I would like to share a newsletter I recently received from my colleague Kathleen Burns Kingsbury. Kathleen is an author, speaker, and Wealth Psychology Expert. She advises financial planners on best practices of working with their clients. In her article, she talks about how few of us want to deal with getting our affairs together, but she and her husband did take the steps to ‘get it done’.

I usually don’t like to ‘go there’ when a catastrophe happens and people are hurt or killed, be it a natural disaster, the result of gun violence, anger, or terrorism. I don’t want to give that any energy. But given what has happened recently in Paris, I feel that Kathleen has stated an honest truth. She has given me permission to share it on my blog.

 

Wealthy Insights Newsletter

Our Date Night With The Lawyer 

Last Wednesday night, my husband and I visited our estate attorney and updated our wills and related documents. It was not the most romantic way to spend a night out on the town so we made up for it on Saturday with dinner and a movie.

This is an important task that so many couples put off because it’s an uncomfortable money conversation. Approximately 55% of Americans don’t have a will or estate plan. Common excuses include not having enough time, not having the money to pay a lawyer, or my favorite, “I am not going to die.”

Given the recent terrorist attacks in Paris, this month seems like a perfect time to raise this money conversation with your clients. Our safety and our health is something many adults take for granted. However, bad stuff happens to good people and taking the time to draw up an estate plan is a gift to those you leave behind.

The funny thing is that conversations about illness and death can actually bring you closer. In preparation for our meeting, we had a great phone call with my niece to ask her if she would be one of the executors of our will. You could feel the pride she felt being asked, and we both felt immensely grateful when she said yes. What started as an uncomfortable discussion ended up being a nice moment for the three of us.

During this month of thanks, take some time to talk to your clients about their estate plans. Educate them about the risks of not having one, the need to update it from time to time, and how you as a trustworthy, caring advisor can help them with the process.

Together we can engage in more money conversations and make this a better place to live.

Take Care,

kbk

Kathleen Burns Kingsbury, Wealth Psychology Expert & Author
KBK Wealth Connection, PO Box 1006, Waitsfield, VT 05673

Email:  kbk@kbkwealthconnection.com
Phone: 617.803.6046

Talking about inheritance with your parents … how touchy is that??

 

I was thrilled to be interviewed for this article by journalist Cameron Huddleston. I hope you find it of value.

Can you offer any more ideas of how to broach this very touchy subject??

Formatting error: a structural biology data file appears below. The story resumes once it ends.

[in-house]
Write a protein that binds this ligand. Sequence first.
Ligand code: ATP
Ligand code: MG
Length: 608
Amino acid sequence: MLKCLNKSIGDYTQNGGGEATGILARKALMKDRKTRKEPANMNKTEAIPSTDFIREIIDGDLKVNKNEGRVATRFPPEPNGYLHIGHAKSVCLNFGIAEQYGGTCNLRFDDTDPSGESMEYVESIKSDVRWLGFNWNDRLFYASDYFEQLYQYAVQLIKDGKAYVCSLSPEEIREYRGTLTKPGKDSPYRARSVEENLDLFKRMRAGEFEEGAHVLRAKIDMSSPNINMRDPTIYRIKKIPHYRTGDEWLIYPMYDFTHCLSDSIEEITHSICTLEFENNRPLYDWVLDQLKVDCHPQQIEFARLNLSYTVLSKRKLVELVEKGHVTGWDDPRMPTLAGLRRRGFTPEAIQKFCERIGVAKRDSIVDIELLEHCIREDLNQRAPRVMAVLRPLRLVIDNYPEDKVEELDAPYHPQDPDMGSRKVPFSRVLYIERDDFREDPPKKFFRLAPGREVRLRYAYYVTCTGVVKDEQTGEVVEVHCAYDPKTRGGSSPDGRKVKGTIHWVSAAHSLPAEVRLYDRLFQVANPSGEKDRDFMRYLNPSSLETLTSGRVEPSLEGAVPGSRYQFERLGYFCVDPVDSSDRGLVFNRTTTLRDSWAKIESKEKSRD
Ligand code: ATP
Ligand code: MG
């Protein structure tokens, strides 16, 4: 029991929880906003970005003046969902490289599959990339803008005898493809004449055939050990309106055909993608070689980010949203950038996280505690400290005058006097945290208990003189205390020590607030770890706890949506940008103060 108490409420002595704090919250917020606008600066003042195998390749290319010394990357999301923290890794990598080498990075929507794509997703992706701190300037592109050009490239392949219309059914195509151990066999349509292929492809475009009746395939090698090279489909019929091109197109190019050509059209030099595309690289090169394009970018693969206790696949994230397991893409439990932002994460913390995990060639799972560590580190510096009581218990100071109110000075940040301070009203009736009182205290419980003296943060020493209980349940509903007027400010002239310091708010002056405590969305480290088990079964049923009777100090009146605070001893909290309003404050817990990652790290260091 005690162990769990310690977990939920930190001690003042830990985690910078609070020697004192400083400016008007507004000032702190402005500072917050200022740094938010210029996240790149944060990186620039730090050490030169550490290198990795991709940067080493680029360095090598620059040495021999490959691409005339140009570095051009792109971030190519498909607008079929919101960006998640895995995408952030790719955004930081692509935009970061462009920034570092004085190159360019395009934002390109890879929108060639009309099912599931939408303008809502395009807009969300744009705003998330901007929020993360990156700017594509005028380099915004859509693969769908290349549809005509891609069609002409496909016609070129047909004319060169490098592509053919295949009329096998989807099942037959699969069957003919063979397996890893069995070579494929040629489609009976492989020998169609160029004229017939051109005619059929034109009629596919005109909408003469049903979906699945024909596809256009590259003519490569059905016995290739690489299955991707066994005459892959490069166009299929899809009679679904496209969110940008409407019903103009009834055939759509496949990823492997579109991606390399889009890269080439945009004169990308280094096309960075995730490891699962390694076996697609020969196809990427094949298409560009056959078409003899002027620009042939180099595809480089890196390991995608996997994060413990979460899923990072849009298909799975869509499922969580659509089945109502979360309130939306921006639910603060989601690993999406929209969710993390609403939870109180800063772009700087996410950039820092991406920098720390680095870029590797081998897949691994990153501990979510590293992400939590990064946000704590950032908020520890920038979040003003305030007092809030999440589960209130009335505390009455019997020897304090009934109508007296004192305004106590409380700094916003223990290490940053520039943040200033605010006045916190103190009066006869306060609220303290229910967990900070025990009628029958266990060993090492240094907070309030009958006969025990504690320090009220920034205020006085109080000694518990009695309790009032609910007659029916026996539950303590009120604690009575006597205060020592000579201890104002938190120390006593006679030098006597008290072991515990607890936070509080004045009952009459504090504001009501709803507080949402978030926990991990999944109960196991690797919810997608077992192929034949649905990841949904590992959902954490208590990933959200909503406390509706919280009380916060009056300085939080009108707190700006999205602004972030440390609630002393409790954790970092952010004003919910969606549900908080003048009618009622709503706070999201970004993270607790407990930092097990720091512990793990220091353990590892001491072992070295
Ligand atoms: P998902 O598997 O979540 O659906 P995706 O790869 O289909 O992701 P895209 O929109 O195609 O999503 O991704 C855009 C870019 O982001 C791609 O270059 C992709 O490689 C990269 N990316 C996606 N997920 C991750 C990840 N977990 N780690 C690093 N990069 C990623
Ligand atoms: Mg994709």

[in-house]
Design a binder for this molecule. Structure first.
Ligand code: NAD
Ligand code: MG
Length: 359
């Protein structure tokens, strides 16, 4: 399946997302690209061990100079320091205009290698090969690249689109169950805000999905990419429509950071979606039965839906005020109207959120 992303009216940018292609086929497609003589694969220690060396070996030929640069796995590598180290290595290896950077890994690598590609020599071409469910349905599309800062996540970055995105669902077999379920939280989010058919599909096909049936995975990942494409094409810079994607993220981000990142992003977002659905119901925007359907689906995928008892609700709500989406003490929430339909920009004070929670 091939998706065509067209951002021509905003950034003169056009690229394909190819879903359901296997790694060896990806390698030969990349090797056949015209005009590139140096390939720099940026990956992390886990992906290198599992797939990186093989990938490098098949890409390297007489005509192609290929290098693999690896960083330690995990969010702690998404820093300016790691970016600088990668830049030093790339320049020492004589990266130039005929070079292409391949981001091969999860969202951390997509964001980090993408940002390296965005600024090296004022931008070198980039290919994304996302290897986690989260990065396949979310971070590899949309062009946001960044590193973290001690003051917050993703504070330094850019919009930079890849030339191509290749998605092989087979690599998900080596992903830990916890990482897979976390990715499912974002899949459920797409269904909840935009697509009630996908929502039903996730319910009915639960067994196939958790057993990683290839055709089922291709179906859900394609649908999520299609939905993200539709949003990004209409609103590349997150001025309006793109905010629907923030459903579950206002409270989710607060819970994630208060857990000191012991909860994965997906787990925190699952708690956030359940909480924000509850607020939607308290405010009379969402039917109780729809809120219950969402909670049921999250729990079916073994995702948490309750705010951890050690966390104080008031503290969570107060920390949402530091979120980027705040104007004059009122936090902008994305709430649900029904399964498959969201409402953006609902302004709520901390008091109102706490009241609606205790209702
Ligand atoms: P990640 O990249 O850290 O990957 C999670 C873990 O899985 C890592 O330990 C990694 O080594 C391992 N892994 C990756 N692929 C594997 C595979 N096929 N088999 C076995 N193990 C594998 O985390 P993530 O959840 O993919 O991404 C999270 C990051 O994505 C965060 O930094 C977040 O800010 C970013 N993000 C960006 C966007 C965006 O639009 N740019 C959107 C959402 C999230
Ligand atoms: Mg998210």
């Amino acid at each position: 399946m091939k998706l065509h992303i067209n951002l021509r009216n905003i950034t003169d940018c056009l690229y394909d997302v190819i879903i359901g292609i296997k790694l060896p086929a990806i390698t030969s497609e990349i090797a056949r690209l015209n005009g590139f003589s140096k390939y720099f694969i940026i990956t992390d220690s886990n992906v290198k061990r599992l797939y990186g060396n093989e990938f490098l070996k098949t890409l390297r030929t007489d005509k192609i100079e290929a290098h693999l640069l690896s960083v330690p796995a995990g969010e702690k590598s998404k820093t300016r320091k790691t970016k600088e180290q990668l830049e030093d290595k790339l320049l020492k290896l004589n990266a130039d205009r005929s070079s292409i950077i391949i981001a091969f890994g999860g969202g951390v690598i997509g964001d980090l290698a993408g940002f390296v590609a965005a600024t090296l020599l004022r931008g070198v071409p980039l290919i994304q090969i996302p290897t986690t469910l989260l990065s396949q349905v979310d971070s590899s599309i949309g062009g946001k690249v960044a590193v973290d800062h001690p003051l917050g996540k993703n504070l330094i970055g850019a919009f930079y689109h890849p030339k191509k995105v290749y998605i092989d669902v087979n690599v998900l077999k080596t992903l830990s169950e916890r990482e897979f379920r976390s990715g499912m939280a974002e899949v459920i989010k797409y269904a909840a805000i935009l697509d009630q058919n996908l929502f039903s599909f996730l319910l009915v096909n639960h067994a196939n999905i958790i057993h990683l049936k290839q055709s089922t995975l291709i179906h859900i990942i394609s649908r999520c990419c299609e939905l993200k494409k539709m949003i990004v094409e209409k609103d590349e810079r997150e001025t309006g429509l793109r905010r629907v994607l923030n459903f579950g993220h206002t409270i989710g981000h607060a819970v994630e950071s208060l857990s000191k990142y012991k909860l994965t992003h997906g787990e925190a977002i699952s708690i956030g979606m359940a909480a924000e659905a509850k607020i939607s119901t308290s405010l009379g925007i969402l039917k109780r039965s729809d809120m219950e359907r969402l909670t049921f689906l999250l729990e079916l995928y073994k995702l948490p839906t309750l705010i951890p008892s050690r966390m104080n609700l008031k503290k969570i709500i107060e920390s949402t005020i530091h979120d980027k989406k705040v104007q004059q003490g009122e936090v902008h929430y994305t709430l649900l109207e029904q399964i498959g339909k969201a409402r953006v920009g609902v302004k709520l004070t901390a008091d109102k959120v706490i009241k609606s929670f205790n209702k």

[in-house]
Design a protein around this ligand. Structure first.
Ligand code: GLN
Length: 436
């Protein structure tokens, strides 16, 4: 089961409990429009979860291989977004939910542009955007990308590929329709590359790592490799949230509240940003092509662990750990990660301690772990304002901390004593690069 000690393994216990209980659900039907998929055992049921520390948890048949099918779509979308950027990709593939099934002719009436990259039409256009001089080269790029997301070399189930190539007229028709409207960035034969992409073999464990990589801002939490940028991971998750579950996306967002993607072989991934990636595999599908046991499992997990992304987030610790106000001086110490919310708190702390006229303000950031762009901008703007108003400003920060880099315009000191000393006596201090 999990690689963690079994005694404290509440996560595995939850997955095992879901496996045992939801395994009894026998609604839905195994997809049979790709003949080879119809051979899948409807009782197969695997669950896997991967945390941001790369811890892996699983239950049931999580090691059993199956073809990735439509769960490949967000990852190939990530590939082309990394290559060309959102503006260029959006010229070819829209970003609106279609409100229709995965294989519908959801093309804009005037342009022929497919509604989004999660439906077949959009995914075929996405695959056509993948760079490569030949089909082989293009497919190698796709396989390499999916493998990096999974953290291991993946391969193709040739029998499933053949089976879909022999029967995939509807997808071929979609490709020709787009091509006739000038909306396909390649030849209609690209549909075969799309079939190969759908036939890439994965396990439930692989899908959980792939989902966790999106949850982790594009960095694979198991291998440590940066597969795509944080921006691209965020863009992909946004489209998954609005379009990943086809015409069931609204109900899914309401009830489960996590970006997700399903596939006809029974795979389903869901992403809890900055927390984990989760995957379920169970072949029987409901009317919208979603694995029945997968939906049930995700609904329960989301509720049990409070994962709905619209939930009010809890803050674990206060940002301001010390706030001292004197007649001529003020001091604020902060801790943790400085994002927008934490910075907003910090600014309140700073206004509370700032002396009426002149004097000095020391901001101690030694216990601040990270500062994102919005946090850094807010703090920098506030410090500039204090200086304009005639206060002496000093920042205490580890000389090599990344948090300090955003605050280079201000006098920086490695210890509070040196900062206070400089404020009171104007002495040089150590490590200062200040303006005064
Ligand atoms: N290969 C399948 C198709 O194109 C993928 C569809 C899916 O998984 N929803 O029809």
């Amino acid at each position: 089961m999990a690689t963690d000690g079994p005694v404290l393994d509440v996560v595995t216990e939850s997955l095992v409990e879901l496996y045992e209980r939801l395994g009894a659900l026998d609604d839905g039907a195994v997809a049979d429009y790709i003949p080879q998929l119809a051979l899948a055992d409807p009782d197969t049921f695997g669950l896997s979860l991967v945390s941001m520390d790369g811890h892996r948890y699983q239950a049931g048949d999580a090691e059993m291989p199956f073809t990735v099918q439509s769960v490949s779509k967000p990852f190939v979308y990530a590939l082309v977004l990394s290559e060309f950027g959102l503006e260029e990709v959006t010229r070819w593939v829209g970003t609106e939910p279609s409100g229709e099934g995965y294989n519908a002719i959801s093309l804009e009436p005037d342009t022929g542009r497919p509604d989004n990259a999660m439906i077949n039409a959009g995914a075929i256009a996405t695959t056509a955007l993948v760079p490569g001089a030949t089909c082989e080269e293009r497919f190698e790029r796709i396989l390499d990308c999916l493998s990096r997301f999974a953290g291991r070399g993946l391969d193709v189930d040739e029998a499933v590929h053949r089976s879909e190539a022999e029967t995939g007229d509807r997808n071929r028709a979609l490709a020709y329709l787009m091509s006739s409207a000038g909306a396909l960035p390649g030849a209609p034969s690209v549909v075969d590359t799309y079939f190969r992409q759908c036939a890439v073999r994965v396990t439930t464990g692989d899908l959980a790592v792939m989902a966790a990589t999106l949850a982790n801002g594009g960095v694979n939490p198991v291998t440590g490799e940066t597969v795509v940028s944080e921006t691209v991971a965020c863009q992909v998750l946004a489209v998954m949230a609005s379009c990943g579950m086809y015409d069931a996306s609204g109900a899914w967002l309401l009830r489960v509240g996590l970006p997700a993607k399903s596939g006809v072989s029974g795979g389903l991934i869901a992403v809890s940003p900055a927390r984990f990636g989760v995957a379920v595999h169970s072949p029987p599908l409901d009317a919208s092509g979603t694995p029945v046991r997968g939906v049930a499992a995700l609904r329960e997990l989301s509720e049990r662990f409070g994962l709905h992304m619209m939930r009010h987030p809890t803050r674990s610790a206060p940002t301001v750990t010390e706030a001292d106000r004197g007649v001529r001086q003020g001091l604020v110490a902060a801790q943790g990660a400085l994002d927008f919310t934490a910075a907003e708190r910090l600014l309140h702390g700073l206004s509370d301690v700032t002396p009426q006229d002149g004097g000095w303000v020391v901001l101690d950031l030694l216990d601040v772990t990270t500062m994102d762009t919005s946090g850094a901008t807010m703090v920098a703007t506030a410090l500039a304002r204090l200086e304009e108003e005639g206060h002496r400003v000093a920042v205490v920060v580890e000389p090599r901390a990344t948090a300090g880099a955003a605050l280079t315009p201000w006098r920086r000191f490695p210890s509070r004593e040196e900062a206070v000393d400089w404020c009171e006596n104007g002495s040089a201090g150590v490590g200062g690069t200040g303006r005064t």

How to Talk to Your Parents About Your Inheritance

inheritance from parents

Do you expect your parents to leave you a financial legacy? Nearly half of working-age Americans assume that they will receive an inheritance that will support them later in life, according to a recent survey by financial services company HSBC.

Perhaps the bigger question, though, is how to even approach this topic with your parents. “No matter how you look at this, it’s such a sensitive issue,” said Gwen Morgan, author of the “What If … Workbook,” a guide that helps people give loved ones necessary information if anything happens to them.

You don’t want to appear greedy by asking your parents, “Do I have an inheritance?” But, you do need answers to certain questions to ensure that your parents’ financial wishes are carried out and there is a smooth transition of wealth and assets. Here’s how to approach this touchy subject and get the information you need.

Related: 4 Tips to Prevent a Family Feud Over Your Inheritance Plan

How to Start the Conversation About Your Inheritance

The burning question on your mind might be how much money you’ll get in your inheritance from your parents. However, you shouldn’t ask how much you stand to inherit because the amount can change over your parents’ remaining lives, said Chris Blackmon, a certified public accountant (CPA) with wealth management firm Biggers Blackmon LLC. Plus, you don’t want your parents to mistake your question as a sense of entitlement, he said. Instead, you should start by asking your parents about whether they have an estate plan.

You can say, “I don’t want to know the numbers. I just want to be able to follow your instructions out of love,” said Saul Simon, a certified financial planner (CFP) and author of “Simon Says: Love Your Legacy.” It’s important that your parents know that you want to know what they want if something happens to them, he said.

A good way to start this conversation is to reference a resource, such as a book or an article you read about the importance of estate planning. You could share what you’ve learned or offer to let them read the resource themselves.